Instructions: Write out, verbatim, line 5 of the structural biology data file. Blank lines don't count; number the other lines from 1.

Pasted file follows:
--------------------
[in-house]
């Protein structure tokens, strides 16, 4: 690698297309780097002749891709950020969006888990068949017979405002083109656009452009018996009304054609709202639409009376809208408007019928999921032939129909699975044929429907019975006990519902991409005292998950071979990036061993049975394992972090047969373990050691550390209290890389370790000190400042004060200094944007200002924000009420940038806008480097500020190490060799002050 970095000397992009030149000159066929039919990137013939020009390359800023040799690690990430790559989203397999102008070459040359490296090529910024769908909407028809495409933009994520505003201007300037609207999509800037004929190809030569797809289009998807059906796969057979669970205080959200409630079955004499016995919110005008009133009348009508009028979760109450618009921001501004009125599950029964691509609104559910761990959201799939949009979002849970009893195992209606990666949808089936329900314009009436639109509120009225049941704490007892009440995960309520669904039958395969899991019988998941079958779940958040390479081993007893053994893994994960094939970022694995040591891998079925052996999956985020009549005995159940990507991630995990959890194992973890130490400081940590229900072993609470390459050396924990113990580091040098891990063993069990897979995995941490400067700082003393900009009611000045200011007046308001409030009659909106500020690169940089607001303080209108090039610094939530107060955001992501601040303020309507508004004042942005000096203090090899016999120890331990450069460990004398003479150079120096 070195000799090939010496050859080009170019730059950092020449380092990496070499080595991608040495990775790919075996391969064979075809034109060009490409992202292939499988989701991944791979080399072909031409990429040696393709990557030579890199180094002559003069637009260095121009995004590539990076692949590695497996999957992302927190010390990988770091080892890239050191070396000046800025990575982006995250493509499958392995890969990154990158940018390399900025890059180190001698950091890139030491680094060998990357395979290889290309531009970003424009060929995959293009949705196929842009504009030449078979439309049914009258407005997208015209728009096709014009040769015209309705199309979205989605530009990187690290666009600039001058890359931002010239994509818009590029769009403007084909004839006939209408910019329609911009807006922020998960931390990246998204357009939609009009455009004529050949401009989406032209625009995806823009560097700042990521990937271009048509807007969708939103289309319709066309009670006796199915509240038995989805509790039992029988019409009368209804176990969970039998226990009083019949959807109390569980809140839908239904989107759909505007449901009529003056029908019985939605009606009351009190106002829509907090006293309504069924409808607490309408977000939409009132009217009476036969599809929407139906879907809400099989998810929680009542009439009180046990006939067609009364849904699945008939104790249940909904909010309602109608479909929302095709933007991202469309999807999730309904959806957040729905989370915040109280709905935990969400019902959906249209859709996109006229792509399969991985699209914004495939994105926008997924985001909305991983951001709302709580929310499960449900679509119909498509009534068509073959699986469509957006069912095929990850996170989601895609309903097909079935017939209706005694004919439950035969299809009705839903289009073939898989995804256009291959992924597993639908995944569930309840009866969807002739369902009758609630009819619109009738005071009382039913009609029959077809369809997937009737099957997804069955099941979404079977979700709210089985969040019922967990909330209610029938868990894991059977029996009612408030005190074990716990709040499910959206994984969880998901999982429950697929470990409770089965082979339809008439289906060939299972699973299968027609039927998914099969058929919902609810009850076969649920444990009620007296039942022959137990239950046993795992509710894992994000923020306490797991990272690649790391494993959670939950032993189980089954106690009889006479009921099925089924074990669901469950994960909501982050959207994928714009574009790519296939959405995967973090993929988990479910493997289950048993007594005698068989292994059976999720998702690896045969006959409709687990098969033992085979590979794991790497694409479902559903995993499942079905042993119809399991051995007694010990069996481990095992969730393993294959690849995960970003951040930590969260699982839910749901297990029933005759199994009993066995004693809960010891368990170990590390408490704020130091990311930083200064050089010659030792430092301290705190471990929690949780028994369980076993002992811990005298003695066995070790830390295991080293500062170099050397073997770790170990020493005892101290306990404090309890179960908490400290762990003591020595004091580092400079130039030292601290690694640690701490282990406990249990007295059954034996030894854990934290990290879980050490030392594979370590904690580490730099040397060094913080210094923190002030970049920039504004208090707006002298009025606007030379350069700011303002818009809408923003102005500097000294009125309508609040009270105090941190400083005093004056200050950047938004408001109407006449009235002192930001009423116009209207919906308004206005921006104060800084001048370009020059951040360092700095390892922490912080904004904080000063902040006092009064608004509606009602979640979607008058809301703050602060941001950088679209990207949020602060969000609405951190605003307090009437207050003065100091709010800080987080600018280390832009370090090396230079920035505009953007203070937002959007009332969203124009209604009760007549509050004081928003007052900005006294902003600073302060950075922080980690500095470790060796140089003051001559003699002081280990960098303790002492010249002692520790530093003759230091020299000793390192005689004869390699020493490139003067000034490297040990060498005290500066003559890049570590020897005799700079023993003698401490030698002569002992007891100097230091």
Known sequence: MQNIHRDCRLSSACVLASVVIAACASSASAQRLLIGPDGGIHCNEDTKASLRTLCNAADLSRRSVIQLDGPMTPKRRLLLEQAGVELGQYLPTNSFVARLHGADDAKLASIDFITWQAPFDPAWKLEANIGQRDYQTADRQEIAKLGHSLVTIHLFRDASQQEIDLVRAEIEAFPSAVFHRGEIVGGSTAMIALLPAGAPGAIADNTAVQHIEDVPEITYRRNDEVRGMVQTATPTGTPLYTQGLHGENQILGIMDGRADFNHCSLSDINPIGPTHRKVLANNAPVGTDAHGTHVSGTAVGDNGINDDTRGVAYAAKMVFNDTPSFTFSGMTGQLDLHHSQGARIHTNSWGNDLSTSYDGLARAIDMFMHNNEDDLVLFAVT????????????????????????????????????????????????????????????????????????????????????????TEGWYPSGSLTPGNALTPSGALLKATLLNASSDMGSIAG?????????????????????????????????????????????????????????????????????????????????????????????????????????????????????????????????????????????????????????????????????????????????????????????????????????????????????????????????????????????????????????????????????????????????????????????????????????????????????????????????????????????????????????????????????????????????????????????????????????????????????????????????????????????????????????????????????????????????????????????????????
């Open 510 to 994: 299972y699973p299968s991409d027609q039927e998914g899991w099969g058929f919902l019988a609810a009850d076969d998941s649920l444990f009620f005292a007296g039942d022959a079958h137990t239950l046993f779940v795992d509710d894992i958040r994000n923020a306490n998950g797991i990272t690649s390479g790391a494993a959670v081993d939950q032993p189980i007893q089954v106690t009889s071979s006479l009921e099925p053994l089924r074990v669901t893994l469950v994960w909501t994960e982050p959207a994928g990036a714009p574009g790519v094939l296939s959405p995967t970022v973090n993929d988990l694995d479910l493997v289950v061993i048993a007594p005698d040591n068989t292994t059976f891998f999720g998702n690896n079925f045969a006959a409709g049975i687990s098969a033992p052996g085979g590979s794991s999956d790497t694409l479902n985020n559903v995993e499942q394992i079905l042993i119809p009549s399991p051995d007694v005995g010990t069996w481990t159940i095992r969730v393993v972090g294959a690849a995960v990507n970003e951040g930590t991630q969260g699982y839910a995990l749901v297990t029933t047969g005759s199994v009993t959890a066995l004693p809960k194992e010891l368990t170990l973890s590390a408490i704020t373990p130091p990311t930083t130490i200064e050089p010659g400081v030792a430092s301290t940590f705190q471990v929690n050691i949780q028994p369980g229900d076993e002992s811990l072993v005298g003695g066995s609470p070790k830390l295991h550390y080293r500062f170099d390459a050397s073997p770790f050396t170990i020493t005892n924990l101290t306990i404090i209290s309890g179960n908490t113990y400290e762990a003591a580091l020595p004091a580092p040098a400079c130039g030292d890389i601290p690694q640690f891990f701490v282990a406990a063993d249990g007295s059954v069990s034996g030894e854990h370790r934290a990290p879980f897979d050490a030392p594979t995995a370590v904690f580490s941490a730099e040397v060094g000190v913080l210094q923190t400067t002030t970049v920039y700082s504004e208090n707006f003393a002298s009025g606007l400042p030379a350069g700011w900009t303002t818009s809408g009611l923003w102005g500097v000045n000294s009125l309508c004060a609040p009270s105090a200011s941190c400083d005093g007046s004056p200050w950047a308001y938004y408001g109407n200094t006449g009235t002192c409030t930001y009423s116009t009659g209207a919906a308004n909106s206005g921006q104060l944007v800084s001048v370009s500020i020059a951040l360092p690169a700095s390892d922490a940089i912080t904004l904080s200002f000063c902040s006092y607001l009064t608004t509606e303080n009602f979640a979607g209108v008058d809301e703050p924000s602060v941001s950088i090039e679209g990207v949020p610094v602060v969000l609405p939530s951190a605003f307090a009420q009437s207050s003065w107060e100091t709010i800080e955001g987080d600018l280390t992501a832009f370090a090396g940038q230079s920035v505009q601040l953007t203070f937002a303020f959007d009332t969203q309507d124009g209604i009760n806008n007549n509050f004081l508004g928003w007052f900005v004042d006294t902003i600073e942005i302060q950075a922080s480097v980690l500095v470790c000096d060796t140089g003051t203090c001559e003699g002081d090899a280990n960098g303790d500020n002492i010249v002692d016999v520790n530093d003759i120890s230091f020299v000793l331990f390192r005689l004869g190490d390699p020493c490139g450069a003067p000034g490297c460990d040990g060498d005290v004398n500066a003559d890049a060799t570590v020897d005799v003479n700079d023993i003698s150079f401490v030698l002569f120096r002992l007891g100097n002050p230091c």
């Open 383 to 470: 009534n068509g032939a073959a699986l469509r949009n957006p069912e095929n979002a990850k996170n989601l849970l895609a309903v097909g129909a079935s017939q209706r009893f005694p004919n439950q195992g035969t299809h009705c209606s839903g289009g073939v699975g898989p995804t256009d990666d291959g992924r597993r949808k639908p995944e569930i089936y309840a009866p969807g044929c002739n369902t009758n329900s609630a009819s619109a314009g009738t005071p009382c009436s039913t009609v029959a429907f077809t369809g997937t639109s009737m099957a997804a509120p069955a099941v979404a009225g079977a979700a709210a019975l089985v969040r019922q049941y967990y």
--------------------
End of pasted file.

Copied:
């Open 383 to 470: 009534n068509g032939a073959a699986l469509r949009n957006p069912e095929n979002a990850k996170n989601l849970l895609a309903v097909g129909a079935s017939q209706r009893f005694p004919n439950q195992g035969t299809h009705c209606s839903g289009g073939v699975g898989p995804t256009d990666d291959g992924r597993r949808k639908p995944e569930i089936y309840a009866p969807g044929c002739n369902t009758n329900s609630a009819s619109a314009g009738t005071p009382c009436s039913t009609v029959a429907f077809t369809g997937t639109s009737m099957a997804a509120p069955a099941v979404a009225g079977a979700a709210a019975l089985v969040r019922q049941y967990y």